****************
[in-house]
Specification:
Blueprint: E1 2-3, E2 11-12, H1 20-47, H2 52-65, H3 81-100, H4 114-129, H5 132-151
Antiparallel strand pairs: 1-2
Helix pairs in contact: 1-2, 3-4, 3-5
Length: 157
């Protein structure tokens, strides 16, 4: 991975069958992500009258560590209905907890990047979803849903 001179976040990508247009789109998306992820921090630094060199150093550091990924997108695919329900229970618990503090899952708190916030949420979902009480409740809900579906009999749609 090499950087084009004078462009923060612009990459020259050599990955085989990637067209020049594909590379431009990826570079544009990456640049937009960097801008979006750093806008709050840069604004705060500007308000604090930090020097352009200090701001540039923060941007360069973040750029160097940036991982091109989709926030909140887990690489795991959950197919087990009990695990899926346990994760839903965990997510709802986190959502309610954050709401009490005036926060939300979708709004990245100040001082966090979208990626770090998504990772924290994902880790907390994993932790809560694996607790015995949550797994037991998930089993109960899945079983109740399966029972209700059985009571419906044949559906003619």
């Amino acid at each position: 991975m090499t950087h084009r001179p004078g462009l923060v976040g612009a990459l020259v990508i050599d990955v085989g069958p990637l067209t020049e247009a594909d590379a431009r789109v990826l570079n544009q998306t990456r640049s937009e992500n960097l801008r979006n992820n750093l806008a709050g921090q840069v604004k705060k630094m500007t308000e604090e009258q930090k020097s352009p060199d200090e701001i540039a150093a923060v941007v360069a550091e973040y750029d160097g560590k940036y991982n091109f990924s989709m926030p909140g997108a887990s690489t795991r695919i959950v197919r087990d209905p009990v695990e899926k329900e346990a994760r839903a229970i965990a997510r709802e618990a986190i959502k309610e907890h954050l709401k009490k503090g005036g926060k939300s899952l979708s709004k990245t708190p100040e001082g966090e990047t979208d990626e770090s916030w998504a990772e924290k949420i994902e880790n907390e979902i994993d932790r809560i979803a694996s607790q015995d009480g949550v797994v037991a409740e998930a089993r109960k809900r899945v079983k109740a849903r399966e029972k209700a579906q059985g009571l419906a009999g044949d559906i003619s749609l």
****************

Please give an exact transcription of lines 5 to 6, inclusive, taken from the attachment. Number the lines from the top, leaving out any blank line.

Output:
Helix pairs in contact: 1-2, 3-4, 3-5
Length: 157